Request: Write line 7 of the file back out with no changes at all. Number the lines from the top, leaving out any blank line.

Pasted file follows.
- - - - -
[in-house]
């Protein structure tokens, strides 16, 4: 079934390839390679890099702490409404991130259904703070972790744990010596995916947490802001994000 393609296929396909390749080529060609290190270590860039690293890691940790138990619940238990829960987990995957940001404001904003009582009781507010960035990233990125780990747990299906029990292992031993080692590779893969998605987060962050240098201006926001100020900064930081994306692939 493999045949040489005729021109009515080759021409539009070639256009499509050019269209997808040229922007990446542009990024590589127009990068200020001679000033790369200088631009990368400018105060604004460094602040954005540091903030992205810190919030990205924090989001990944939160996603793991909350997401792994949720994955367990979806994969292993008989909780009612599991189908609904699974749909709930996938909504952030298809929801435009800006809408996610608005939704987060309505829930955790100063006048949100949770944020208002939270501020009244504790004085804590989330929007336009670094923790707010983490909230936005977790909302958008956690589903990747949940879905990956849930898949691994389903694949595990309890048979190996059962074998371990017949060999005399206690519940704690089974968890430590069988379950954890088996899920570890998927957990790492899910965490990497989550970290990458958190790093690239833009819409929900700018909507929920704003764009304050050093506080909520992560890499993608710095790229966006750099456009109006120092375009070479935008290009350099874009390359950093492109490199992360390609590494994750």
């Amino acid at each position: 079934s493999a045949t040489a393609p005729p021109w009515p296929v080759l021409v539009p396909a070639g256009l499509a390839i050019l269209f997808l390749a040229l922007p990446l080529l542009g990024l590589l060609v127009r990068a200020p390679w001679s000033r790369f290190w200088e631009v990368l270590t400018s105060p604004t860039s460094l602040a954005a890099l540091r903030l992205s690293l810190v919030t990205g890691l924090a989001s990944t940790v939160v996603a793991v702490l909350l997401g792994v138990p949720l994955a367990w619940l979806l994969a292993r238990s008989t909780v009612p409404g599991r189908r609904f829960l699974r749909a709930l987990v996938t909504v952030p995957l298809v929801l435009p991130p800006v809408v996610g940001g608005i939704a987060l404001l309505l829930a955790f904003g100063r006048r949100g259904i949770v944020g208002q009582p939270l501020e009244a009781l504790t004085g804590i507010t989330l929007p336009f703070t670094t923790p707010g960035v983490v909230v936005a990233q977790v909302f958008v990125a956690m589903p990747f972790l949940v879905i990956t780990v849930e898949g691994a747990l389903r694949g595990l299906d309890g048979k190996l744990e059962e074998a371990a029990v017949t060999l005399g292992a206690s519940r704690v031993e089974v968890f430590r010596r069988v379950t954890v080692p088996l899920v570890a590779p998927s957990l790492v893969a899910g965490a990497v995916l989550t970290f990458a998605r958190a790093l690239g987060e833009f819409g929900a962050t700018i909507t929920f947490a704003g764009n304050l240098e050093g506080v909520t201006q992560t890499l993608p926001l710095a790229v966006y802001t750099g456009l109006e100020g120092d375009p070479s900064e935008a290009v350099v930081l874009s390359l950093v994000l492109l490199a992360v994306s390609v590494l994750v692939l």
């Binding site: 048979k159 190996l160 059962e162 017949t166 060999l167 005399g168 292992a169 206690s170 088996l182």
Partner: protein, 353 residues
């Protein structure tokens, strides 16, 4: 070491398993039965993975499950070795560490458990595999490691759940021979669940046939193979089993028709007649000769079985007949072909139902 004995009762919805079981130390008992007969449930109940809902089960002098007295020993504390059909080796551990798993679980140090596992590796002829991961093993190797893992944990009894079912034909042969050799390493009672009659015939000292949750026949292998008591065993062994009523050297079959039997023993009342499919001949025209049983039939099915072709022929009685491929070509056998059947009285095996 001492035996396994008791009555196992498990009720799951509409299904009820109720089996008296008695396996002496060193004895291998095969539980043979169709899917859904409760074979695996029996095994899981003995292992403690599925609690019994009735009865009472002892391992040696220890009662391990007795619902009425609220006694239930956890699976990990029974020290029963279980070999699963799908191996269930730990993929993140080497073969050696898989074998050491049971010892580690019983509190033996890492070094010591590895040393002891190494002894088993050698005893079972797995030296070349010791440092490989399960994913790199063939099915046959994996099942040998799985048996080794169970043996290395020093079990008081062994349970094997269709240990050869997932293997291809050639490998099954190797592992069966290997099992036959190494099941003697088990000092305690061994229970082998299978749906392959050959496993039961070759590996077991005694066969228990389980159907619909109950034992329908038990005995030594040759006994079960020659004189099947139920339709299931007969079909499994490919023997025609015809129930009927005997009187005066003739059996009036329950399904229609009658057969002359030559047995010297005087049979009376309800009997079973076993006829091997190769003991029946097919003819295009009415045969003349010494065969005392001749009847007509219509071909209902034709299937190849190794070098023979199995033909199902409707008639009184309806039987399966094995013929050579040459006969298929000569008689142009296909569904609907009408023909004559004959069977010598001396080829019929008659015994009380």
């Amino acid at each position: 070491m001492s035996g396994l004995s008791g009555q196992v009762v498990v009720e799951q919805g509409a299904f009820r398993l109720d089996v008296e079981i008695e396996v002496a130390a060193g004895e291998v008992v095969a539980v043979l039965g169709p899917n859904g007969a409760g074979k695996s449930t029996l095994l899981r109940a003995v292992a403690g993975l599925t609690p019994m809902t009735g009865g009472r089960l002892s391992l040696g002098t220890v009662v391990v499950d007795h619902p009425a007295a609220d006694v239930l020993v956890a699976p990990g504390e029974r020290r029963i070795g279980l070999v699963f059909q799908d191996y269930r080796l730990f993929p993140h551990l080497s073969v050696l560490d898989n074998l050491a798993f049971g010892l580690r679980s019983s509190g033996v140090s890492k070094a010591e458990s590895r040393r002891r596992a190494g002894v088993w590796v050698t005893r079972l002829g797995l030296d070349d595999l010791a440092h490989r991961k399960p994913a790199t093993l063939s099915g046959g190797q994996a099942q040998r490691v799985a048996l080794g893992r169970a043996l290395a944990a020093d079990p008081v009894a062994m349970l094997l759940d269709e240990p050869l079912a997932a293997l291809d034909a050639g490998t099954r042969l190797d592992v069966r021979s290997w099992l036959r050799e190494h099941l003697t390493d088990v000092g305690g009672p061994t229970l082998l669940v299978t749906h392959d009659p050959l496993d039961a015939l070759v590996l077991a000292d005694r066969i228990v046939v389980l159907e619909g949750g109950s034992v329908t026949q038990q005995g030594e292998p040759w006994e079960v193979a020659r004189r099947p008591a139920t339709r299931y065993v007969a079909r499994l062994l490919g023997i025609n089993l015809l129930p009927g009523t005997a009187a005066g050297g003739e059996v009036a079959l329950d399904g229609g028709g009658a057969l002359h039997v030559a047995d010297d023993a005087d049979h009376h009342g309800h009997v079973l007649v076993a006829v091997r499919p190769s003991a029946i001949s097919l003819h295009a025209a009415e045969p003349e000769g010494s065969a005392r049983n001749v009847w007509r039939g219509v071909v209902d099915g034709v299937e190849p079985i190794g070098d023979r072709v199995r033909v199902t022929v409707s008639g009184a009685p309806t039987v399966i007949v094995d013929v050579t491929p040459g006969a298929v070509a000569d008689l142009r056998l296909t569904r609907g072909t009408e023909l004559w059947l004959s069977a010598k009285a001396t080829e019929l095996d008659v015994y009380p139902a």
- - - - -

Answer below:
């Amino acid at each position: 070491m001492s035996g396994l004995s008791g009555q196992v009762v498990v009720e799951q919805g509409a299904f009820r398993l109720d089996v008296e079981i008695e396996v002496a130390a060193g004895e291998v008992v095969a539980v043979l039965g169709p899917n859904g007969a409760g074979k695996s449930t029996l095994l899981r109940a003995v292992a403690g993975l599925t609690p019994m809902t009735g009865g009472r089960l002892s391992l040696g002098t220890v009662v391990v499950d007795h619902p009425a007295a609220d006694v239930l020993v956890a699976p990990g504390e029974r020290r029963i070795g279980l070999v699963f059909q799908d191996y269930r080796l730990f993929p993140h551990l080497s073969v050696l560490d898989n074998l050491a798993f049971g010892l580690r679980s019983s509190g033996v140090s890492k070094a010591e458990s590895r040393r002891r596992a190494g002894v088993w590796v050698t005893r079972l002829g797995l030296d070349d595999l010791a440092h490989r991961k399960p994913a790199t093993l063939s099915g046959g190797q994996a099942q040998r490691v799985a048996l080794g893992r169970a043996l290395a944990a020093d079990p008081v009894a062994m349970l094997l759940d269709e240990p050869l079912a997932a293997l291809d034909a050639g490998t099954r042969l190797d592992v069966r021979s290997w099992l036959r050799e190494h099941l003697t390493d088990v000092g305690g009672p061994t229970l082998l669940v299978t749906h392959d009659p050959l496993d039961a015939l070759v590996l077991a000292d005694r066969i228990v046939v389980l159907e619909g949750g109950s034992v329908t026949q038990q005995g030594e292998p040759w006994e079960v193979a020659r004189r099947p008591a139920t339709r299931y065993v007969a079909r499994l062994l490919g023997i025609n089993l015809l129930p009927g009523t005997a009187a005066g050297g003739e059996v009036a079959l329950d399904g229609g028709g009658a057969l002359h039997v030559a047995d010297d023993a005087d049979h009376h009342g309800h009997v079973l007649v076993a006829v091997r499919p190769s003991a029946i001949s097919l003819h295009a025209a009415e045969p003349e000769g010494s065969a005392r049983n001749v009847w007509r039939g219509v071909v209902d099915g034709v299937e190849p079985i190794g070098d023979r072709v199995r033909v199902t022929v409707s008639g009184a009685p309806t039987v399966i007949v094995d013929v050579t491929p040459g006969a298929v070509a000569d008689l142009r056998l296909t569904r609907g072909t009408e023909l004559w059947l004959s069977a010598k009285a001396t080829e019929l095996d008659v015994y009380p139902a």